It's one of the most famous scenes in superhero comic books. By Dennis O'Neil and Neal Adams, from mid-seventies Green Lantern.
At its heart, it wondered why superheroes allowed injustices to continue under their noses.
Well, today's Cyborg #1 by David Walker and Ivan Reis does something similar. The comic stars a man whose life has been saved, twice, by a transforming cyborg infusion which, with this issue, has seen him seemingly recreate flesh from the machine.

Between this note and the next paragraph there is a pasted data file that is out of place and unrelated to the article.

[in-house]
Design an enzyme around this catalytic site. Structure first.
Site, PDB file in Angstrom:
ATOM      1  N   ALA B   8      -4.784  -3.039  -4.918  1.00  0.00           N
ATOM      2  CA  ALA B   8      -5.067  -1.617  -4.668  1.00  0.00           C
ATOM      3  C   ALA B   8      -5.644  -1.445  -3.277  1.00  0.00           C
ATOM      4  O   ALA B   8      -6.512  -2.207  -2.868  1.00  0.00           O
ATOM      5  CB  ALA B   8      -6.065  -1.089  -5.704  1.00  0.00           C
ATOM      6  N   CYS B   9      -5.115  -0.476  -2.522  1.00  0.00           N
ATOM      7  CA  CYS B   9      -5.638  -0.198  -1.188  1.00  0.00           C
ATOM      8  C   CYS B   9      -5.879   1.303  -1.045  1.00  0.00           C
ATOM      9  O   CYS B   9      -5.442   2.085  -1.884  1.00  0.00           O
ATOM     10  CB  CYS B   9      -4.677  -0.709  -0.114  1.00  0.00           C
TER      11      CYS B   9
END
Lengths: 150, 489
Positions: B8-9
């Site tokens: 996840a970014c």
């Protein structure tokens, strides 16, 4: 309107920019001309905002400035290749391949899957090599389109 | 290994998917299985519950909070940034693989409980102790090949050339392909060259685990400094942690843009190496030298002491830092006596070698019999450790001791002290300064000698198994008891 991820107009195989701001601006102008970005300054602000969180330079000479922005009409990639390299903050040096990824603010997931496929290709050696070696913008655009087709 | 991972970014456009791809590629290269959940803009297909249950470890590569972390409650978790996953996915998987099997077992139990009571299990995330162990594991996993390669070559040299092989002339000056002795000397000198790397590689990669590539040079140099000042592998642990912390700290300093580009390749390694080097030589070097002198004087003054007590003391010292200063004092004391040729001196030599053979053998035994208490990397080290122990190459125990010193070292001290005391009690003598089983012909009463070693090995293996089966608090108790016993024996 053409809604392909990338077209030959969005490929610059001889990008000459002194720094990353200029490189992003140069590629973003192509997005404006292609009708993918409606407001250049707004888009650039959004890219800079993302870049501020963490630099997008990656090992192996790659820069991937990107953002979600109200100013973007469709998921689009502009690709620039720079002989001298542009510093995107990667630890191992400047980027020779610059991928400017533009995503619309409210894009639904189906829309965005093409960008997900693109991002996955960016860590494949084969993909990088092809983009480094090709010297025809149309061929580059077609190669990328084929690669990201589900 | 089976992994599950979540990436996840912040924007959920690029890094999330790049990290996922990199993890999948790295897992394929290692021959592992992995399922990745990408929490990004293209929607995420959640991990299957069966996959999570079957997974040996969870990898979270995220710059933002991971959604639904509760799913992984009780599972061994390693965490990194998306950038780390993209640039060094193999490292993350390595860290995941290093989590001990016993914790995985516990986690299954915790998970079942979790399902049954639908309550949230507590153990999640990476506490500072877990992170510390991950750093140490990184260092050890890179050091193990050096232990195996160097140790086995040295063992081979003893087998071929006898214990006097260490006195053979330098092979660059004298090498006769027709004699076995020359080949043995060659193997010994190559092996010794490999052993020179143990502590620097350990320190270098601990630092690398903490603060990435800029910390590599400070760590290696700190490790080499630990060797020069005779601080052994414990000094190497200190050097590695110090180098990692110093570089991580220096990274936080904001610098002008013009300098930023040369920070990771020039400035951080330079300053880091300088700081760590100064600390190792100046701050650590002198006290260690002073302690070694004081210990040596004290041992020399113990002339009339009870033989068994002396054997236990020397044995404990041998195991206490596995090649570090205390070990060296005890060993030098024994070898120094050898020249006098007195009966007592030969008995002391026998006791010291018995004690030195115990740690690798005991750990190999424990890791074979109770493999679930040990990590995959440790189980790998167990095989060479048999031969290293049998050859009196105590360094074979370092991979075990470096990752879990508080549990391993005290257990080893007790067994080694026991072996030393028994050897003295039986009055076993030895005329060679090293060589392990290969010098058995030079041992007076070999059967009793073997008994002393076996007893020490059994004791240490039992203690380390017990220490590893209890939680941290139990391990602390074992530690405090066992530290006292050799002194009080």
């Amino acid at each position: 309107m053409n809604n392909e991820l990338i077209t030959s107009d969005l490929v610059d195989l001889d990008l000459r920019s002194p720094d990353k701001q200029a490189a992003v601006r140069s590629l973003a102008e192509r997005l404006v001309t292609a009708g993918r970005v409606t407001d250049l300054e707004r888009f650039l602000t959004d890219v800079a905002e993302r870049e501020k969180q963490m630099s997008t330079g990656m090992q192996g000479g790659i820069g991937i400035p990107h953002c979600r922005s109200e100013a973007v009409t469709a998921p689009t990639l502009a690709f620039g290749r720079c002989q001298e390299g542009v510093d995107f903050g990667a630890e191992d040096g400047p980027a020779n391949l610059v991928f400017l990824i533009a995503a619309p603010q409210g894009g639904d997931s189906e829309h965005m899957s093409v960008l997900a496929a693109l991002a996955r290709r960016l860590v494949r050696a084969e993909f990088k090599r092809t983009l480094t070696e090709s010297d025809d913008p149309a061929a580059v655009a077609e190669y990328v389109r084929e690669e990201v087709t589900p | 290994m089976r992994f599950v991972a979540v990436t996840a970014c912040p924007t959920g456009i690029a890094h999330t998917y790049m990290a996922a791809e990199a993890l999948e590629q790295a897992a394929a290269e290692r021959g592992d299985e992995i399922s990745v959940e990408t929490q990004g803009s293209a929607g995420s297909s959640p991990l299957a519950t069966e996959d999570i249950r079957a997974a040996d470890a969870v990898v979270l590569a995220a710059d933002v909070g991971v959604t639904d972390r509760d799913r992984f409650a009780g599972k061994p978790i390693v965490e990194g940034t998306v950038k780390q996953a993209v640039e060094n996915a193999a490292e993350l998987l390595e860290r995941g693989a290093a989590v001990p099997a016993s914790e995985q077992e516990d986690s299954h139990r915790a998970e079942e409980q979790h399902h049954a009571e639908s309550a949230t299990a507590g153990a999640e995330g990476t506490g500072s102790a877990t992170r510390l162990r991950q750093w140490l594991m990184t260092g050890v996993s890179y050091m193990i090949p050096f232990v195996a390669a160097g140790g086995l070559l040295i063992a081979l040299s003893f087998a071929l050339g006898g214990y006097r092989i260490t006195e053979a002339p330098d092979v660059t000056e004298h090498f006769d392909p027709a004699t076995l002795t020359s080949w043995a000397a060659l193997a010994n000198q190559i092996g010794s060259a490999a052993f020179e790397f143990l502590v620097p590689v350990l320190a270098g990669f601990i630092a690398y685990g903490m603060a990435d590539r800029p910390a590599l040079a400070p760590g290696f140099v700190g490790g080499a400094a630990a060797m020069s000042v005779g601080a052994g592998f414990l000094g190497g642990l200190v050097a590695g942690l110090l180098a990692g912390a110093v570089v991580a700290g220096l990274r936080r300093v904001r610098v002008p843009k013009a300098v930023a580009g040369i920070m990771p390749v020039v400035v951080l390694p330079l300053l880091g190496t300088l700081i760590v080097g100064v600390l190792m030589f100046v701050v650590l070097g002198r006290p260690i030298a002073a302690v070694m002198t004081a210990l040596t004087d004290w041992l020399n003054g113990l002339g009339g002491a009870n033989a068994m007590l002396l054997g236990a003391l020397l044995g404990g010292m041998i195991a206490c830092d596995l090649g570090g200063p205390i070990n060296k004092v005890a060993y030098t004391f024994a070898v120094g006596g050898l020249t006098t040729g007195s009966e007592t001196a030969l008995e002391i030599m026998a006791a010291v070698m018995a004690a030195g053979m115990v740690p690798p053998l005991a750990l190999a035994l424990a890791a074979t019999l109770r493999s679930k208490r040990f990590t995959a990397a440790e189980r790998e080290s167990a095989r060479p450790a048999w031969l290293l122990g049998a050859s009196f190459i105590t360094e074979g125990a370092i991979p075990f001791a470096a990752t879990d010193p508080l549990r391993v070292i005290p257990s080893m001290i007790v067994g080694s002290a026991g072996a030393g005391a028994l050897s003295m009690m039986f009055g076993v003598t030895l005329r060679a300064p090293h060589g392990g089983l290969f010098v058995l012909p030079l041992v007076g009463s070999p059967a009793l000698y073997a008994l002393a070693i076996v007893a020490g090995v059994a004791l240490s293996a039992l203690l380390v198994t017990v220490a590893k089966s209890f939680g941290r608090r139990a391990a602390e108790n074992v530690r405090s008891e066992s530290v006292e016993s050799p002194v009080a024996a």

Which is at odds with the world around. Why Cyborg and not everybody?
This kind of dilemma in superfiction has generally been ignored, with notable exceptions such a Fantastic Four Big Town, Stormwatch, Watchmen, Miracleman and Squadron Supreme. Often books show extreme advancement in science, but seemingly with no desire to share that with the people. And when it is attempted, invariably reveals some form of deceit or trap. Because the logical process would see a very different world, one no longer outside our window, and maybe less relatable.
But Cyborg #1 is asking the questions. Can a DC Universe survive the answers?
Comics courtesy of Orbital Comics, London. Currently preparing for an exhibition launch for Mark Buckingham.